Here, Petitioner was employed as an electrician for 15 years prior to securing employment with the MTA in 2013 as a train signal operator. He has not been employed since he fell on the tracks in 2013, a fall he attributes to peripheral neuropathy in his hands and feet. He is also legally blind in his right eye. Because of his medical condition, Petitioner has not sought employment since he left the MTA on April 29, 2013.[FN4]

Petitioner testified that was diagnosed with diabetes in 2009, was hospitalized in 2012 because "his sugar was too high," and formally was diagnosed with peripheral neuropathy in [*3]both hands and feet and behind his lower legs in 2013.[FN5] He sees his treating physician monthly and receives medication. He experiences pins and needles in his hands and a constant burning sensation in his feet. He testified that he cannot stand for long, nor sit very long, nor walk very far, and cannot work in the electrical field anymore because of his hands.

In a letter dated September 14, 2018, Petitioner's treating physician, Dr. Marc Parnes, corroborated Petitioner's description of his disabilities, as follows:

" On 9-14-18, I would found [sic] that he is legally blind in his right eye and has impaired sensation to the hands and feet radiating up to behind his knees. The treatment was diet and medication. He has significant neurological loss of use and function due to his chronic medical conditions [sic] of diabetes mellitus which is preventing him from performing essentially all of his usual and customary daily activities. He has tried to help his tingling and weakness of the hands and feet are progressively getting worse [sic]. However, I can state with a reasonable degree of medical certainty that these injuries are persistent, chronic and permanent and that the objective findings have caused my patient to have severe limitation of use and function of the injured areas. He cannot climb, pull, push, crouch, balance, crawl, bend, reach, or lift. Due to the severe injuries my patient has severe problems even sitting. He can only sit for less than 2-4 hours in an 8 hour day and requires frequent periods of rest where he must lie down. He has sustained severe neurological damage of the peripheral motor nerves from chronic uncontrolled diabetes mellitus type 1 which has caused him to become incapacitated from performing any type of work, even sedentary types of work.He has persistent, significant loss of use and function from his chronic medical conditions of diabetes mellitus, which is preventing him from performing essentially all of his usual and customary activities of daily living. Therefore he has become chronically and totally and permanently disabled from any type of gainful employment including and (sic) type of sedentary work."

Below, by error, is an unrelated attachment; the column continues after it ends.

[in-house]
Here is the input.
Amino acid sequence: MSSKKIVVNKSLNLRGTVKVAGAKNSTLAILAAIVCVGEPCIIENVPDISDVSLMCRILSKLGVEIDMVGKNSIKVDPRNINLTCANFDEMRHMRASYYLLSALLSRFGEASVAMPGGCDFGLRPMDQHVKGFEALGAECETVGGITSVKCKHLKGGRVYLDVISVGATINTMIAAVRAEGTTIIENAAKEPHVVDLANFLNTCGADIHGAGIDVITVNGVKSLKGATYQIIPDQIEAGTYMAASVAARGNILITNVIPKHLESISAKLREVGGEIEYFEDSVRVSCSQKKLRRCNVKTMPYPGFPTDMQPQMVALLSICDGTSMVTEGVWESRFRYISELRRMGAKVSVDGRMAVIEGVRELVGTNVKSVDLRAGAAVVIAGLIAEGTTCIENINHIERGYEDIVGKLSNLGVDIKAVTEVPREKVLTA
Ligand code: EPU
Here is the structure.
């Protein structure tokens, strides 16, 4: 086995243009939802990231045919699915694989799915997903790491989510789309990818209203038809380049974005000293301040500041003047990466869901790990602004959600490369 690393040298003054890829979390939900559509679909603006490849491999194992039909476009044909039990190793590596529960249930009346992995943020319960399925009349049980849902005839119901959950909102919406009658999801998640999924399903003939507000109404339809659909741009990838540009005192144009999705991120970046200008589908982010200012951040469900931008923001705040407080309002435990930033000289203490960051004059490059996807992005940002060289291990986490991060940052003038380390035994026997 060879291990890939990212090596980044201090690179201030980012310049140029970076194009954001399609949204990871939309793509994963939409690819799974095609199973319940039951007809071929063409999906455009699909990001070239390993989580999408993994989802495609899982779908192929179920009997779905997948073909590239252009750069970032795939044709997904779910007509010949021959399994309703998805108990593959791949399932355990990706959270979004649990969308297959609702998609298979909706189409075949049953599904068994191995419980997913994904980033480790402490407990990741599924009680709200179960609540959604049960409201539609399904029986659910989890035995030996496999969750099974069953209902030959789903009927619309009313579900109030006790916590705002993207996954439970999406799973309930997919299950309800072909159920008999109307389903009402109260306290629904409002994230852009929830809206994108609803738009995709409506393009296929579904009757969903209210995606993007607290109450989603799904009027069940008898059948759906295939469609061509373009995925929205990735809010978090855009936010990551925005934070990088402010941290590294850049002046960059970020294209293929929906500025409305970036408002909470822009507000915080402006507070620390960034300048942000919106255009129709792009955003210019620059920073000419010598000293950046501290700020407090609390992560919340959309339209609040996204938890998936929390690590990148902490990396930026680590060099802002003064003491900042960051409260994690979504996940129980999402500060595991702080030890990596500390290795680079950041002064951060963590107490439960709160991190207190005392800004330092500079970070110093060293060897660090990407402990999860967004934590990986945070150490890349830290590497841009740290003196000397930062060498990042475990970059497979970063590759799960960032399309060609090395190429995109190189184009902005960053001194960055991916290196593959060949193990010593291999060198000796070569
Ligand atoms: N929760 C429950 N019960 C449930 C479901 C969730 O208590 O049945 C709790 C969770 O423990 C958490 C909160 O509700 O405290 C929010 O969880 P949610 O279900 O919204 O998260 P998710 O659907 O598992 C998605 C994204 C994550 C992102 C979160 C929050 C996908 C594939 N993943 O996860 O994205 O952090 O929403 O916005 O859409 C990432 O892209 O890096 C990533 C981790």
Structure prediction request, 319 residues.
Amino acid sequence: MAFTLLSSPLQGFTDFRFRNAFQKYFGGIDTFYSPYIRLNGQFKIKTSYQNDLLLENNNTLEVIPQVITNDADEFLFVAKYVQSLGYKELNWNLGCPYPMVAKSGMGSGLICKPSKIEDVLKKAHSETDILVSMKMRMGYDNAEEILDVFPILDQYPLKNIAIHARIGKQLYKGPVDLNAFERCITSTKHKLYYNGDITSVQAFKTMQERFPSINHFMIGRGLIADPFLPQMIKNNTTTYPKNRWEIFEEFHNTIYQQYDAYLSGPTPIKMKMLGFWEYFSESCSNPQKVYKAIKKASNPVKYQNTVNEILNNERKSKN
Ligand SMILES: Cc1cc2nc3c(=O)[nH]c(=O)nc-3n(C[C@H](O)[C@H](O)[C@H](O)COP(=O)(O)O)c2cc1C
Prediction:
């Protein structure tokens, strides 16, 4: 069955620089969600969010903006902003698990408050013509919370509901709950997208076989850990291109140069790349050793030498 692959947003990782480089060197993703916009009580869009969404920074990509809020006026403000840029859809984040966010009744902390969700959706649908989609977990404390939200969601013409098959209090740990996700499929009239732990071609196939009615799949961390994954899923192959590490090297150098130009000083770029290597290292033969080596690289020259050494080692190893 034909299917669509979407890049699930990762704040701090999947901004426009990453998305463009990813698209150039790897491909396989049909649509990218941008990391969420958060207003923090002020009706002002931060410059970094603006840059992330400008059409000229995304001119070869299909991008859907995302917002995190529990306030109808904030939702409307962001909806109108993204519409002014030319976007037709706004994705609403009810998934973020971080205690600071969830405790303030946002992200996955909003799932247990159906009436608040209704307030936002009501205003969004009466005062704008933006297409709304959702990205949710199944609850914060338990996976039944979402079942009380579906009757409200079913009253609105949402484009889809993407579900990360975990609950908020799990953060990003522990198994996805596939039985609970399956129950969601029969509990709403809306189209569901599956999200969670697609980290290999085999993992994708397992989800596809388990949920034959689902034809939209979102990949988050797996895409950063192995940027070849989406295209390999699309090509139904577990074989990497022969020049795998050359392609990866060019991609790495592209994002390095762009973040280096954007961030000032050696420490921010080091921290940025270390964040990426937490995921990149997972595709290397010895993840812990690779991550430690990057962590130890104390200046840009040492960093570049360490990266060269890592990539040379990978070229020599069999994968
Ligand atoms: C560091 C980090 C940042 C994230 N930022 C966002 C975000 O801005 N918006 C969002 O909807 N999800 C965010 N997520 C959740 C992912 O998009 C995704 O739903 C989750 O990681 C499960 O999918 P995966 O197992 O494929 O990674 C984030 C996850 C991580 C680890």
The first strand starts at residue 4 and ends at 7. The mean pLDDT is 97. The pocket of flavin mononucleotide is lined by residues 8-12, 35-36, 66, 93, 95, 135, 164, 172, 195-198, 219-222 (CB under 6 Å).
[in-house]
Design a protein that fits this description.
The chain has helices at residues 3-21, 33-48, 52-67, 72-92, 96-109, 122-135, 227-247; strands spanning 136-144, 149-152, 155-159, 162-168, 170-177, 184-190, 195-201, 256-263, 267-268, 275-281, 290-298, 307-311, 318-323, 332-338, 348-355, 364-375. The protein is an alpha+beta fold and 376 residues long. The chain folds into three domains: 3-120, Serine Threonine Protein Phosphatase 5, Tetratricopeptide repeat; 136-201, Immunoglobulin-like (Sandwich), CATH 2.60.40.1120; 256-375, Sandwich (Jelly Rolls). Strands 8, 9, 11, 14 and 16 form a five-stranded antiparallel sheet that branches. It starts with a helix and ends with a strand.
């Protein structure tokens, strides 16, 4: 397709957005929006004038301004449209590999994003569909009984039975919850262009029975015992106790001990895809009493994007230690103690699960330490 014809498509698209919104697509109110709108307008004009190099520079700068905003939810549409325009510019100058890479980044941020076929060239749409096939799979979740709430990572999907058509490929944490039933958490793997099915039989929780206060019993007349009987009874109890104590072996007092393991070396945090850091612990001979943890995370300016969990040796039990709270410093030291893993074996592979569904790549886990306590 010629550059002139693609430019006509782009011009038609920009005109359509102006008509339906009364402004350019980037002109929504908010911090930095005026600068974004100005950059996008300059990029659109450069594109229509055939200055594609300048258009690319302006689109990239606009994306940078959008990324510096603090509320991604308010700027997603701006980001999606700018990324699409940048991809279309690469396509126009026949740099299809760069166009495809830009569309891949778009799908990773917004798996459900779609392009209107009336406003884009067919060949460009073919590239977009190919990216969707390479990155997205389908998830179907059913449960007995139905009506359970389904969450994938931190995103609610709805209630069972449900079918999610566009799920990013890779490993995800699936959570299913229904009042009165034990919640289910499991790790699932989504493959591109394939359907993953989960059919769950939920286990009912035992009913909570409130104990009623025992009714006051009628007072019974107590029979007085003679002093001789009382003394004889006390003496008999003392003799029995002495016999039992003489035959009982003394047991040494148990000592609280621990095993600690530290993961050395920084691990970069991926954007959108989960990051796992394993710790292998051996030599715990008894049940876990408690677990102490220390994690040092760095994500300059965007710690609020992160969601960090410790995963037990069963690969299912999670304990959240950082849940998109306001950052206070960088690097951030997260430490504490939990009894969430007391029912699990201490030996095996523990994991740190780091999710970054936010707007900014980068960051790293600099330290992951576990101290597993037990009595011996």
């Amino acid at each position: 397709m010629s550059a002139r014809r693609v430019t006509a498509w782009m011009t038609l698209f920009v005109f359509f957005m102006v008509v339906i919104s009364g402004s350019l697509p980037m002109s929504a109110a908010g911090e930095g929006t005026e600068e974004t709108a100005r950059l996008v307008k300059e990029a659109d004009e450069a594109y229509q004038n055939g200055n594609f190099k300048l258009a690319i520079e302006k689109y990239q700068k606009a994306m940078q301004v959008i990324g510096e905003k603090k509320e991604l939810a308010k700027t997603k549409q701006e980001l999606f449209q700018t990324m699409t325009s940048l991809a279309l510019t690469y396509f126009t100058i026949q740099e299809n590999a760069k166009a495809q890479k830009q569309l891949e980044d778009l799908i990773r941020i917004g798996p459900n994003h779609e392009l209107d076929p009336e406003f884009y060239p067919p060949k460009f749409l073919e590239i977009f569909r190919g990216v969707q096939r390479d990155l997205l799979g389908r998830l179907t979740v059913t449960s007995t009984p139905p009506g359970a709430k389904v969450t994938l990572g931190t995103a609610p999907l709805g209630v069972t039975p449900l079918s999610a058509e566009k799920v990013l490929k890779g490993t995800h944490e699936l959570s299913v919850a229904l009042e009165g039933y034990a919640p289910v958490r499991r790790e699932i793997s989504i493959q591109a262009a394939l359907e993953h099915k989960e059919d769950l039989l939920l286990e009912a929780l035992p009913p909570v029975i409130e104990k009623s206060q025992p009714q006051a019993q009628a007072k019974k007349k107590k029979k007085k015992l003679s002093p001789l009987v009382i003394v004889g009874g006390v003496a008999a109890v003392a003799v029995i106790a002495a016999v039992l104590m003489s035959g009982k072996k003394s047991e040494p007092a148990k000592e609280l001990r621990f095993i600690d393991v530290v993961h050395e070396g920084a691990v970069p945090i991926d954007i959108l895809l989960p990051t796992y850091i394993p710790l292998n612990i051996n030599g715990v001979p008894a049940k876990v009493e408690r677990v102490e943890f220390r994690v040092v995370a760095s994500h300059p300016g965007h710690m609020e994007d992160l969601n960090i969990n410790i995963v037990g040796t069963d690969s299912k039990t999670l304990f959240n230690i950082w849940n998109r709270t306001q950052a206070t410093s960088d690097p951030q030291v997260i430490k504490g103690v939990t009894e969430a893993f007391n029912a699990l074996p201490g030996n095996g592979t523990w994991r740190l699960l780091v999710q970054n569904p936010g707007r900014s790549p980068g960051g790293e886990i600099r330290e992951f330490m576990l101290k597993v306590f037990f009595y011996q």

Petitioner lives with his wife and two children in a two bedroom apartment, rent free.[FN6] His wife is employed and pays for all of the family expenses, except Petitioner's mobile phone for which his father pays. Petitioner has no income stream and no known assets from which to pay child support. Petitioner applied for, and was denied, social security disability benefits in 2015. The reason for the denial is not known, and this determination is on appeal.[FN7]

As Petitioner has no income, the Support Magistrate "imputed" income to Petitioner based on the expenses listed on his financial disclosure affidavit, as well as the entire value of the rental apartment provided to the family by his father. This was in error. Although the statute clearly permits the imputation of income to a party based on "money, goods, or services provided by relatives and friends" (Family Ct Act § 413[1][b][5][iv]; see O'Brien v O'Brien, 163 AD3d 694 [2d Dept 2018]; Matter of Napoli v Koller, 140 AD3d 1070, 1071 [2d Dept 2016]; Matter of Funaro v Kudrick, 128 AD3d 695 [2d Dept 2015]; Baumgardner v Baumgardner, 98 AD3d 929, 930-931 [2d Dept 2012]), neither Petitioner's father nor his working wife is [*4]"providing" Petitioner with either "money, goods or services" in any traditional sense. The passive benefits that Petitioner receives merely from living in the same household as his working-wife and children, in an apartment provided for them by the paternal grandfather,[FN8] is not "income" to Petitioner within the meaning of the statute.

The threshold inquiry in each child support case is whether the person to be charged with the payment of support is "possessed of the means or able to earn the means" to support their children. There is no evidence before the Court that Petitioner is possessed of the means to support his children. Nor is there any evidence before the Court showing that Petitioner is able to earn the means to support his children. The only evidence before the Court shows, to the contrary, that Petitioner is unable by reason of his medical condition to engage in work to support his children.

The fact that Social Security disability benefits were denied Petitioner is not dispositive of the issue of Petitioner's ability or lack of ability to work. It is well settled that the determination of one administrative agency is not binding on another agency considering the same question under a different statute (see e.g. Bukovinsky v Bukovinsky, 299 AD2d 786, 787-788 [3d Dept 2002]; Matter of Keller v Regan, 212 AD2d 856, 858 [3d Dept 1995][Hearing Officer not obligated to accept findings of SSA]). In each case, each court or agency must decide the matter based on the evidence presented to it. Here, the uncontroverted medical evidence presented by Petitioner - which is more recent than the medical evidence provided to the Social Security administration - clearly establishes that Petitioner is unable to do even sedentary work, as he can "only sit for less than 2-4 hours in an 8 hour day," which is less than the amount of sitting required to qualify as "sedentary work" by the applicable standards (see e.g., Diforte v Berryhill, 2018 US Dist LEXIS 178644 [EDNY Oct. 17, 2018, No. 1:16-CV-5786(FB)][6 hours in an 8 hour day]).[FN9]